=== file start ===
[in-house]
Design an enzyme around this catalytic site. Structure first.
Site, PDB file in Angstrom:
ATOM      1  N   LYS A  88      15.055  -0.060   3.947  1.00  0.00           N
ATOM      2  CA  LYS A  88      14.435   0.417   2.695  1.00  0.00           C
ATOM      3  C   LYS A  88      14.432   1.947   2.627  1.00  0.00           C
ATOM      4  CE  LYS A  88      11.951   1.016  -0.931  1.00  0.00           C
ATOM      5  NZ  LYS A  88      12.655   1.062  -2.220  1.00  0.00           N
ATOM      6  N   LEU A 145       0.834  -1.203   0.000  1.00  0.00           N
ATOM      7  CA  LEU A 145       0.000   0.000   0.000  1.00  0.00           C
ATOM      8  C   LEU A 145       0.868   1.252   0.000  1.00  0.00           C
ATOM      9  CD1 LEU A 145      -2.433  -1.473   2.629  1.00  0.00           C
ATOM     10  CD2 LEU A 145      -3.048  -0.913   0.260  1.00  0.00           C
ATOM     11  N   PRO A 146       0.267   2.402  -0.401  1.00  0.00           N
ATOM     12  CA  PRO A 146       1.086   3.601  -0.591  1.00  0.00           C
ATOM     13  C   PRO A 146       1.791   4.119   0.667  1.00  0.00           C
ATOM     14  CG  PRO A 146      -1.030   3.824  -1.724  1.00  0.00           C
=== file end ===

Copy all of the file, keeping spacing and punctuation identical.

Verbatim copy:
[in-house]
Design an enzyme around this catalytic site. Structure first.
Site, PDB file in Angstrom:
ATOM      1  N   LYS A  88      15.055  -0.060   3.947  1.00  0.00           N
ATOM      2  CA  LYS A  88      14.435   0.417   2.695  1.00  0.00           C
ATOM      3  C   LYS A  88      14.432   1.947   2.627  1.00  0.00           C
ATOM      4  CE  LYS A  88      11.951   1.016  -0.931  1.00  0.00           C
ATOM      5  NZ  LYS A  88      12.655   1.062  -2.220  1.00  0.00           N
ATOM      6  N   LEU A 145       0.834  -1.203   0.000  1.00  0.00           N
ATOM      7  CA  LEU A 145       0.000   0.000   0.000  1.00  0.00           C
ATOM      8  C   LEU A 145       0.868   1.252   0.000  1.00  0.00           C
ATOM      9  CD1 LEU A 145      -2.433  -1.473   2.629  1.00  0.00           C
ATOM     10  CD2 LEU A 145      -3.048  -0.913   0.260  1.00  0.00           C
ATOM     11  N   PRO A 146       0.267   2.402  -0.401  1.00  0.00           N
ATOM     12  CA  PRO A 146       1.086   3.601  -0.591  1.00  0.00           C
ATOM     13  C   PRO A 146       1.791   4.119   0.667  1.00  0.00           C
ATOM     14  CG  PRO A 146      -1.030   3.824  -1.724  1.00  0.00           C